Internal Family Systems (IFS) is an evidence-based model of psychotherapy that aims to help people notice, identify and work with parts of themselves or "self-parts."
For most of us, intimacy problems are driven by a background ache, fear, sense of emptiness, embarrassment or shame. In IFS-inclusive therapy, we meet our own parts and take responsibility for them; in this way, a truer intimacy with self and with others becomes possible. IFS serves as an excellent adjunct to couples or relational work in that the method spotlights where co-dependency, enmeshment or boundary impingement distracts from self-part healing and integration.
Dr. Richard Schwartz, the founder of the IFS model, began his career as a systemic family therapist and an academic. He developed the practice in response to clients’ descriptions of various parts within themselves. For example, a client might share something such as, "I have a part that gets so enraged, vibrate-y and heated and I want to leave an event or interaction right away;" or, "I have a part that becomes shut down, silent, submissive and intimidated. Why does that happen when I am a leader in other capacities?" Schwartz found that when the clients’ parts feel safe and are allowed to relax, the clients spontaneously experience the qualities of confidence, openness, and compassion in “the Self.” In this way, a person can authentically access their more protective-based coping mechanisms/behaviours to better meet their pained and “exiled” (repressed/hidden) parts.
The Parts: There are three main categories in parts work - Firefighters, Managers, and Exiles.
Firefighter Parts are protectors that are activated when a trigger is present. An example might look like drinking vodka or using pot to put out the “fire” of a painful moment or memory. The Manager Parts protect you by managing situations through intense planning to do whatever they can to avoid something that might bring you deep pain or cause fear. Both the firefighters and managers, according to the theory, work to keep the Exiles (hidden, repressed, forgotten, afraid or unwanted parts) from emerging and flooding you with memories of shame or pain.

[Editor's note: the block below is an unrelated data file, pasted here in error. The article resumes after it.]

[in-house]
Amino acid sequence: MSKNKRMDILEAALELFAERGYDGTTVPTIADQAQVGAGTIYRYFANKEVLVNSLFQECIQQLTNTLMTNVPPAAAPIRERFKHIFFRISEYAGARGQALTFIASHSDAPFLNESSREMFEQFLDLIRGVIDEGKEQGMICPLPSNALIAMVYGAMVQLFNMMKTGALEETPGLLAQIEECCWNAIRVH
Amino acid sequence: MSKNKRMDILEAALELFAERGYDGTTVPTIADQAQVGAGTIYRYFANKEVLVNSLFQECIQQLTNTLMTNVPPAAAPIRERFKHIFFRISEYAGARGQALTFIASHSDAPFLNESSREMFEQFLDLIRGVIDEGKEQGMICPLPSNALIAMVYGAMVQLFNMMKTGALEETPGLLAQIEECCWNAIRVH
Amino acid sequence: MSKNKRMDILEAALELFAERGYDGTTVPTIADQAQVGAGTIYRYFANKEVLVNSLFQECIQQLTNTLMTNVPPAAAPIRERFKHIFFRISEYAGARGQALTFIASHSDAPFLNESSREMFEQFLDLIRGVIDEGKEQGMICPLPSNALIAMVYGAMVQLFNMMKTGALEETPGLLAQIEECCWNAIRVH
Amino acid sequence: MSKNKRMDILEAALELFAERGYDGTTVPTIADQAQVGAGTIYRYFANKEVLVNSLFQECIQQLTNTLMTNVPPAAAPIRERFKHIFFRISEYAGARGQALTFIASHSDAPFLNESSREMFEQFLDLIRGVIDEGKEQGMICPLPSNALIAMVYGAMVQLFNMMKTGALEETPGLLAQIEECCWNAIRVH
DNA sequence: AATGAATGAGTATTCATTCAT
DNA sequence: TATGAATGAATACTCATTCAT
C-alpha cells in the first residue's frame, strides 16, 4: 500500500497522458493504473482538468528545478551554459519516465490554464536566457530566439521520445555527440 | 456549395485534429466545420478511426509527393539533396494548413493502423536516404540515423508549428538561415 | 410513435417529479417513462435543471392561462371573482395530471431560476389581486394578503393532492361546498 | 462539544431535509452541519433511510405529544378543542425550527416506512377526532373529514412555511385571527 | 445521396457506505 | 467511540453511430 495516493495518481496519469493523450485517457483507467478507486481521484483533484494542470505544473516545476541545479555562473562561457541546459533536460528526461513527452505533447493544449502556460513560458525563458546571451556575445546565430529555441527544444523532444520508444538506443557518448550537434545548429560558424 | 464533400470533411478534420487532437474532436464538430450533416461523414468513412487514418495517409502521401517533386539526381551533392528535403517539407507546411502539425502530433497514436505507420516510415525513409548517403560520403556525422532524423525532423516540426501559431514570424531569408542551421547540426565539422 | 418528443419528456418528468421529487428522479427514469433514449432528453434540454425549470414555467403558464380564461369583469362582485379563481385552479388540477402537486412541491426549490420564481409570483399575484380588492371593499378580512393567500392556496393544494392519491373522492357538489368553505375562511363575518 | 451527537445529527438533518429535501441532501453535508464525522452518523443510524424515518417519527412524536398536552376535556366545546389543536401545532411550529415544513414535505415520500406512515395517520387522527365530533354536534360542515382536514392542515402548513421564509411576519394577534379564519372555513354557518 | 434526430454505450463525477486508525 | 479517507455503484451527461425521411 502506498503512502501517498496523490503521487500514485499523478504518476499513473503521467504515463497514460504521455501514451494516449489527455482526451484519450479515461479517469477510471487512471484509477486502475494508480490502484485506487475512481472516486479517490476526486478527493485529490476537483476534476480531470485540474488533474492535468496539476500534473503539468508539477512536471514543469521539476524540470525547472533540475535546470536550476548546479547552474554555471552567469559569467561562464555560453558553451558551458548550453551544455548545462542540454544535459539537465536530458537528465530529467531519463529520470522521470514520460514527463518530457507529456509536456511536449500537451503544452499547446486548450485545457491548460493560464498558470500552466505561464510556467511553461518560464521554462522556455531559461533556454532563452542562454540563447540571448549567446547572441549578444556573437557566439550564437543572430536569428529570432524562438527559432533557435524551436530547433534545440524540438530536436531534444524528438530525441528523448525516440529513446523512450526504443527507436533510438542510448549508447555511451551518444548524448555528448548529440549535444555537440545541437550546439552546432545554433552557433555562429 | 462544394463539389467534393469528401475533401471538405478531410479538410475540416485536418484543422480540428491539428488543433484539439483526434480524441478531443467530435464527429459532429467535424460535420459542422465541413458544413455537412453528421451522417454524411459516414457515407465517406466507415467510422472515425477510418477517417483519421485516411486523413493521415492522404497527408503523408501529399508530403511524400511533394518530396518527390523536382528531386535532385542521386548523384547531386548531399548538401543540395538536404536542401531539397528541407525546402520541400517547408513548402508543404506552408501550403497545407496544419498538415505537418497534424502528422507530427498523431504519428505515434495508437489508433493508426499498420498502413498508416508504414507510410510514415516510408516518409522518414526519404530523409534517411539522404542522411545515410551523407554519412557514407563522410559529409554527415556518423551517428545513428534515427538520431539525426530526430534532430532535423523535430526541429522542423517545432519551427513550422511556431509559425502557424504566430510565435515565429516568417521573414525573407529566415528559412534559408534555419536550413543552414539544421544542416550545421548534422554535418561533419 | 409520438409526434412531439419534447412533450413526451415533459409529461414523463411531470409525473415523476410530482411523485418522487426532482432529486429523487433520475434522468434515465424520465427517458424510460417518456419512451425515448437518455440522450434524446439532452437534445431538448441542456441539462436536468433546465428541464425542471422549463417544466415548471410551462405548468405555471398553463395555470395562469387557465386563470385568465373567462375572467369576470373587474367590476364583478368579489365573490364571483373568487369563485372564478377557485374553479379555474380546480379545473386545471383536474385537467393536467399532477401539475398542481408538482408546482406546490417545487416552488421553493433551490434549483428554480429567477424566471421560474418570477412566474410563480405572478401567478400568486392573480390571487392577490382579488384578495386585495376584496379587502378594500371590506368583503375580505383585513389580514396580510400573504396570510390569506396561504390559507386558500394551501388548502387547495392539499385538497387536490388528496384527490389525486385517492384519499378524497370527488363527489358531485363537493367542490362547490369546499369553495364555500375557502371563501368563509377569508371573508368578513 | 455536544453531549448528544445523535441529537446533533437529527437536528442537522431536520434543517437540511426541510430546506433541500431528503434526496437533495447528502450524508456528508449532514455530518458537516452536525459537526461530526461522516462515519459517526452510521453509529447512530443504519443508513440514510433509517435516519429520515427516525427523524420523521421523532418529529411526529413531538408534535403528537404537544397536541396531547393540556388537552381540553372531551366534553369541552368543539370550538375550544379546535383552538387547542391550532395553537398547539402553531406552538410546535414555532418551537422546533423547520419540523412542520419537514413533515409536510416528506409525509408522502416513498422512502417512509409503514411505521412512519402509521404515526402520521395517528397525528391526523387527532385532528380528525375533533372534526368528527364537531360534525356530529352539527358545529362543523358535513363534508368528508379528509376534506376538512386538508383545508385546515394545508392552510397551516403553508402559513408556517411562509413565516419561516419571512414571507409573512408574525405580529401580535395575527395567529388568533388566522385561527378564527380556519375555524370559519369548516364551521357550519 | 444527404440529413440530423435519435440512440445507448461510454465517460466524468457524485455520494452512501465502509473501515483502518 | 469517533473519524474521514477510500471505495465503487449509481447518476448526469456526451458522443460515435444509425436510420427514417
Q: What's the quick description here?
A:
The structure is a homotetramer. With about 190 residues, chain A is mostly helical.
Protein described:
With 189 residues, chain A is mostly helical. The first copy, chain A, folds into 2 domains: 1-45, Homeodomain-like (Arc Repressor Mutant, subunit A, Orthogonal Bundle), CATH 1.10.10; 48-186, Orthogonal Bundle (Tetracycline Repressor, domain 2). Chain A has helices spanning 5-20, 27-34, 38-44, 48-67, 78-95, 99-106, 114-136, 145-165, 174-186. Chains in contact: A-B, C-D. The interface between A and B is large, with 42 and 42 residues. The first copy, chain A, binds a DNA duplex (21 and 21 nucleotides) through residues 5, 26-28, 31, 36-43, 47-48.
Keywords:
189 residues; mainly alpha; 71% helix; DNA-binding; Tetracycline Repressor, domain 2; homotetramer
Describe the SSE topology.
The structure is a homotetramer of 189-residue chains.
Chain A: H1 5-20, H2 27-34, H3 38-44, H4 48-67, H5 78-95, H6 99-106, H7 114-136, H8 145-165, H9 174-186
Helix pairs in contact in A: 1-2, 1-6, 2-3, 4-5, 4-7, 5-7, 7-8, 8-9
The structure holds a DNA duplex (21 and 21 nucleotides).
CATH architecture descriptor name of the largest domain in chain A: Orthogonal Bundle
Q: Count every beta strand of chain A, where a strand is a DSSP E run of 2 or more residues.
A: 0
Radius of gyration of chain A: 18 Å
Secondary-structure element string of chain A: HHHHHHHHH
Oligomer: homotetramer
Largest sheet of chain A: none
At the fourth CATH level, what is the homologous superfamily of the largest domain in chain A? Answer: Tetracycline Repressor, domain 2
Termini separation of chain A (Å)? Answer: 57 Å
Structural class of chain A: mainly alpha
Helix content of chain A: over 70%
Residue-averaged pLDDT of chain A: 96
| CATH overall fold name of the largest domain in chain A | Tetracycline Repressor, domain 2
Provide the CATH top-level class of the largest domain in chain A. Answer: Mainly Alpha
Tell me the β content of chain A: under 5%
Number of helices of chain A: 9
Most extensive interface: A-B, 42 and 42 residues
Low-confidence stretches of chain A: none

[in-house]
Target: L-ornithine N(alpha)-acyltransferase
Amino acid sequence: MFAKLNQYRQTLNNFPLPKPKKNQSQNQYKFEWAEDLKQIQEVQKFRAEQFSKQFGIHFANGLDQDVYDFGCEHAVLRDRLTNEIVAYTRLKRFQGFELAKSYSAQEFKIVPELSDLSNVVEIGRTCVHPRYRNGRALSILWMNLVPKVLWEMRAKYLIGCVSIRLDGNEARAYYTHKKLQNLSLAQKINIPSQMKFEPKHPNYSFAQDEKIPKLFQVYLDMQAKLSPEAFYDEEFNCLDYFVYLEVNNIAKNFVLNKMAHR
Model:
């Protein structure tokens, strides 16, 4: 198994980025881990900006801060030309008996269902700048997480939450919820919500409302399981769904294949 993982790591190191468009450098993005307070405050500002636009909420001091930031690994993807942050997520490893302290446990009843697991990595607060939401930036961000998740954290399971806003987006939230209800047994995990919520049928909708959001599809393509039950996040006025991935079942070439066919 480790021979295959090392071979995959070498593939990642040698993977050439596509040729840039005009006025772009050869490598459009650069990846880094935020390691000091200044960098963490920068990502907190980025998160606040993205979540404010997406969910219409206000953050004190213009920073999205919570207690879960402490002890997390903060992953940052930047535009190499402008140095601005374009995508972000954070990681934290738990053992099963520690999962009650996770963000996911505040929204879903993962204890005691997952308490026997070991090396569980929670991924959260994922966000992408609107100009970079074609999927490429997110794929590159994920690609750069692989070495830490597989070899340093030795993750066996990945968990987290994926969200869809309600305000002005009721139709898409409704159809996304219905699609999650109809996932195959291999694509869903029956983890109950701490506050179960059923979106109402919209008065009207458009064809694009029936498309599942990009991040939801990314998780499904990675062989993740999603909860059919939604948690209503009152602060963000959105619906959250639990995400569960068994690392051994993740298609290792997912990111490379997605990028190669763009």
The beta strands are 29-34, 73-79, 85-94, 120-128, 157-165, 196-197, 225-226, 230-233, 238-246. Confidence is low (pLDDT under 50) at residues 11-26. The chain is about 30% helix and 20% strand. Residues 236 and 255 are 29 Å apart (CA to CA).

Using the IFS approach means employing a technique during session. For clients doing IFS work in session, the following cues/questions are written below in support of your process:
Can you name the part that is activated today? Be a "parts detector"
Is it okay to get to know this part today?
How do you feel towards this part?
Does that part know you are there?
How old is the part? Is it 6 years old? 18 years old? A combination of different ages?
Is your curiosity about the part available to you? If not, let's explore why you are not curious about it. Are you angry or afraid or the part?
What information does this part have for you? The part might tell you that it is alienated and alone, ashamed or that it protects you by fighting for justice.
How is the part presenting information to you? In the body? In the visual realm? In feeling and body sensation?
Is the part a feeling state... or a she or he or they? Let's orient to it... and it to you.
Let the part know you hear it's concerns without judgement. How does it respond to you?
Note: There are no bad parts. Every part has an agenda to help you even if it's method is rough or chaotic. In fact, if it has an agenda... you know it's definitely a self-part because it is not just being and breathing.
To find out what a part does... ask it what would happen if it didn't do it's job?
If you feel a "manager, defence or protector part" coming forward and you can't focus on the sad, young or hidden "exiled part" does this manager need some airtime with you? Or, might you ask the manager to soften for a while... or ask it to watch and observe in order to return to the questions above? If the "manager" or "fire fighter" will not soften, work with the manager/defence part instead for now and let's see what we can do in session together.
Thank the part for letting you know about itself today.
Let the part know you will return to it, if it so wishes
Derek Scott: Getting to Know (parts of) You
Richard Schwartz: No Bad Parts
Dick Schwartz guides you through a parts work process